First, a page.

Pestilence Page 2

On a whim, I head over to the fridge and grab a beer—the world might be ending but fuck it if there’s no beer.

Popping the cap off, I cross over to the living room and click on the T.V.


“Oh for fuck’s sake.” I’m going to die a horrible, shit-sucking death, and the T.V. decides that today is the day it stops working.

I slam a palm down on the top of it.

Still nothing.

Muttering oaths my grandfather would be proud of, I kick the good-for-nothing T.V., more out of spite than anything else.

The screen sputters to life, and a grainy image of a newscaster appears, her face warped by the bands of color and contortions the T.V. makes.

“… appears to be moving through British Columbia … heading towards the Pacific Ocean …” It’s hard to make out the reporter’s words under the static-y white noise. “… Reports of the Messianic Fever following in his wake … ” Pestilence has only to ride through a city for it to be infected.

Researchers—those that remain dedicated to their work even after technology has fallen—still don’t know much about this plague, only that it’s shockingly contagious and the primary vector of transmission is horseman. But a name has been given for it all the same—the Messianic Fever, or simply the Fever. The name was cooked up by spooks, but that’s what the world has come to—spooks and saints and sinners.

Turning off the T.V., I grab my bag and gun and head out, whistling the Indiana Jones theme song. Perhaps if I pretend this is an adventure, and I’m the hero, it will make me think less about what I’m going to have to do to save my town and the rest of the world.

I spend most of the day and a good part of the evening setting up camp off of Highway 99, the road he’s likeliest to take. And dear God do I hope that the horseman will pass through while it’s still light out. I have shit aim in broad daylight; at night I’m likelier to shoot myself than I am him.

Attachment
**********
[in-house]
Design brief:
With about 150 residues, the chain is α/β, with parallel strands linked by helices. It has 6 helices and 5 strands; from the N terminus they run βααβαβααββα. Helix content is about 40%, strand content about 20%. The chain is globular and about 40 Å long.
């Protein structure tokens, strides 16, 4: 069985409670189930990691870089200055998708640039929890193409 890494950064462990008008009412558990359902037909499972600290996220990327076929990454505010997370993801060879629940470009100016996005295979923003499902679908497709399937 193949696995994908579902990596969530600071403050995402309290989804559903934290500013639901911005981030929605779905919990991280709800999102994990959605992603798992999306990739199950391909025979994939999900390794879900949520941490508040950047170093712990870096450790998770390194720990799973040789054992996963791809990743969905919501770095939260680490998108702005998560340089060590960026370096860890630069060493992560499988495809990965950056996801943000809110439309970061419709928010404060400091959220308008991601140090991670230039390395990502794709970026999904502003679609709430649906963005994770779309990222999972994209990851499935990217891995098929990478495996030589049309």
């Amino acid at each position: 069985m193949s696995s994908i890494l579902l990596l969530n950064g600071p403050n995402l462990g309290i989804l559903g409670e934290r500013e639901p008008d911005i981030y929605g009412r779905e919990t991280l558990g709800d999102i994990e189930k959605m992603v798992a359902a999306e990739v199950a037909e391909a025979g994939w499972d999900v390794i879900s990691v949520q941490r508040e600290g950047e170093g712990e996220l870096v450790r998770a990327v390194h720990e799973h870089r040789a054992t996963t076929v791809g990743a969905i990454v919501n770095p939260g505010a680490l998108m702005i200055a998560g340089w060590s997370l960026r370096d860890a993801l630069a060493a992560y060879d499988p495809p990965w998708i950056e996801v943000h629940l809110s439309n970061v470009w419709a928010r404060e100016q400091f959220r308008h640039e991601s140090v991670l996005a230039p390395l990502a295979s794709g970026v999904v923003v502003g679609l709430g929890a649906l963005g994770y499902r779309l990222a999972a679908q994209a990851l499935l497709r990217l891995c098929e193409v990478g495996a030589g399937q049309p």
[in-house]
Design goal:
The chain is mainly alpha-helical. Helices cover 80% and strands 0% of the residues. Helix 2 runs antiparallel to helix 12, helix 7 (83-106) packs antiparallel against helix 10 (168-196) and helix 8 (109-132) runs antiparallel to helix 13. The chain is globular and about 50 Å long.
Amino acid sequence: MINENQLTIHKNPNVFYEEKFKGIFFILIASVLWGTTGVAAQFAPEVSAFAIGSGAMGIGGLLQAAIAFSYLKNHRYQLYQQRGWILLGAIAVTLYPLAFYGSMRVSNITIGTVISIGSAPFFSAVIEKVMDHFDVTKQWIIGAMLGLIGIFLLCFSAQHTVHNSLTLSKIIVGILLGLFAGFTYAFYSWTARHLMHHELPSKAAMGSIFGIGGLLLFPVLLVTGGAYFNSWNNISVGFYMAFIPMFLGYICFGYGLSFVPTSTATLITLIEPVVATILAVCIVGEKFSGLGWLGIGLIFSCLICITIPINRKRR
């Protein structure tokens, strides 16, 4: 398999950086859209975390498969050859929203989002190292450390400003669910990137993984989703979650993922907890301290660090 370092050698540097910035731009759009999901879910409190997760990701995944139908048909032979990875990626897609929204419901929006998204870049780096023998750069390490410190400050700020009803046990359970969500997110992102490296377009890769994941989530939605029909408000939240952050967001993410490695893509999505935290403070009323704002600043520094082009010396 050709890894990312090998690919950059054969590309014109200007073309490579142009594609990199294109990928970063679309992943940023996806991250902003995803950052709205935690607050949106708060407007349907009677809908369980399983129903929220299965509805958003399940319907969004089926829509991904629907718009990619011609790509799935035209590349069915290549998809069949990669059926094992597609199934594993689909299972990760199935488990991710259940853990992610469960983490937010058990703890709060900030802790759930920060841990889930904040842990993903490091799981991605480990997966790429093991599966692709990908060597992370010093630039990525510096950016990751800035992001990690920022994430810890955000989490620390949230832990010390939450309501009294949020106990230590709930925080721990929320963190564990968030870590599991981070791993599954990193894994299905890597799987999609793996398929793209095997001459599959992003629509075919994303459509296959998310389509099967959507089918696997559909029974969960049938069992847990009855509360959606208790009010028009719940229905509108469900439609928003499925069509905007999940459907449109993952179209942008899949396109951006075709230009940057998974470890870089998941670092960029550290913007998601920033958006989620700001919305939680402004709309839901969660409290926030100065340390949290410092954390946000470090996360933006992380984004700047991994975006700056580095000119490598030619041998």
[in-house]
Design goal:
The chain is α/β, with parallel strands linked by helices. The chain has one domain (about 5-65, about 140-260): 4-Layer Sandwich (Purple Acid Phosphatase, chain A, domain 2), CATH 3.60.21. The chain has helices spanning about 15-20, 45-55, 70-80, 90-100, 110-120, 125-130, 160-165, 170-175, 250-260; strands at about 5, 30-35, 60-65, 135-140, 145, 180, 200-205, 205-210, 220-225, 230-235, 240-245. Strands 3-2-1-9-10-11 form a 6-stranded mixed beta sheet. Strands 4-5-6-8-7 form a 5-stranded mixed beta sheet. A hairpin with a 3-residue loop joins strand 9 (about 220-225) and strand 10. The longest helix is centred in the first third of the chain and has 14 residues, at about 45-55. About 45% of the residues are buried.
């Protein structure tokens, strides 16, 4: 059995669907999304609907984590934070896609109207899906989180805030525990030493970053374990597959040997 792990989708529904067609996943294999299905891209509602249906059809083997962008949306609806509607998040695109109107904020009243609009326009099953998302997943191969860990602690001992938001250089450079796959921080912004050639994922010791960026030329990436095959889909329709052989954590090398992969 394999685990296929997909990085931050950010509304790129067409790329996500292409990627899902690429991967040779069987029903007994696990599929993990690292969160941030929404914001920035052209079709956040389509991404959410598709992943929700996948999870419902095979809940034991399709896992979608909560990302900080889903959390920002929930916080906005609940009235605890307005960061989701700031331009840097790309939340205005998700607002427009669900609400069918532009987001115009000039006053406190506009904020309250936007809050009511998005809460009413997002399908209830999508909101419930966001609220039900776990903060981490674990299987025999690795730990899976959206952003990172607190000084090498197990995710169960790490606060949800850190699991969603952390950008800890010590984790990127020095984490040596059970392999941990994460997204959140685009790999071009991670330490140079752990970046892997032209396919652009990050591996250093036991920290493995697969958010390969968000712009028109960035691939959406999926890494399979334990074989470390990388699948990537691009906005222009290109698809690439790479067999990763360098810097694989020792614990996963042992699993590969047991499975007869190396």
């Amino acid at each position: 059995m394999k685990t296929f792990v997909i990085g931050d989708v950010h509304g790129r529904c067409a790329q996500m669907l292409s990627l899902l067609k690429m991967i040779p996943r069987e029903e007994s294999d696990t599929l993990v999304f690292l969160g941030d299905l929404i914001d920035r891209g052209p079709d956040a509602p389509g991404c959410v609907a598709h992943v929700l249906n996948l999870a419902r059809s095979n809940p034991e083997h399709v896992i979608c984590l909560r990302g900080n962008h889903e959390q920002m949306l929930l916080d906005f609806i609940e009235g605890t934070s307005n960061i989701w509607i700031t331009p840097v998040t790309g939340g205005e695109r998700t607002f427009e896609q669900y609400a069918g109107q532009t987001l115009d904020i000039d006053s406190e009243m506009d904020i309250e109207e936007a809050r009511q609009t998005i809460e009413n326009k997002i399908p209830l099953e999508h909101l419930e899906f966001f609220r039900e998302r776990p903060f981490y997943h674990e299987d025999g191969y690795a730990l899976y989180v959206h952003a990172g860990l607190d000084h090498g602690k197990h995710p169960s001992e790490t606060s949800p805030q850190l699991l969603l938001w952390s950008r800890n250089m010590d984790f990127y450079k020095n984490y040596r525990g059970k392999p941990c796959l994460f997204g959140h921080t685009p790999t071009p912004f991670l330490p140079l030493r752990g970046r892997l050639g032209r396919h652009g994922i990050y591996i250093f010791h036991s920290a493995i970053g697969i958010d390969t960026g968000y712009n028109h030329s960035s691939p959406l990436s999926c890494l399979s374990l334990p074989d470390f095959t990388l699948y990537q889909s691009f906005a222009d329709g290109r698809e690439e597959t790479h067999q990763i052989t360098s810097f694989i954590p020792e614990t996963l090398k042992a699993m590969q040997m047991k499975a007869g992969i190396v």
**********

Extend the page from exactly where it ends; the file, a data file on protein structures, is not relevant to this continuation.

Seeing how my luck’s going today, there’s a chance, a good chance, I’ll fuck this up. Maybe Pestilence makes a detour, or decides to be clever and approach from another direction. Maybe he’ll pass by without my ever noticing.

Maybe maybe maybe.

Or maybe even wild, frightening things have a pinch of logic to them.

I grab my gun and extra ammunition, creep close to the highway, and I settle in for the wait.

He comes with the first snow of the season.

The entire world is quiet the next morning as the powdery white flakes blanket the landscape and turn the road pearlescent. More snow flutters down, and it all looks so ridiculously beautiful.

Out of nowhere, the birds take flight from the trees. I startle as I see them all high above me, their bodies dark against the overcast sky.

Then, from a dozen different locations, wolves begin to howl, the sound sending a primordial shiver down my spine. It’s like a warning call, and in its wake, the rest of the forest comes alive. Predators and prey alike flee past me. Raccoons, squirrels, hares, coyotes—they all rush by. I even see a mountain lion loping amongst them.

And then they’re gone.

I exhale a shaky breath.

He’s coming.

I crouch in the dim forest, shotgun clutched in my hands. I check the gun’s chamber. Remove and reload the cartridges just to make sure that they’re properly in place. Adjust and readjust my grip.

It’s as I’m double checking the ammunition in my pocket that the hair on the back of my neck rises. Ever so slowly, I lift my head, my gaze fixed on the abandoned highway.

I hear him before I see him. The muffled clomp of his steed’s hooves echoes in the chill morning, at first so quiet that I almost imagine it. But then it gets louder and louder, until he comes into view.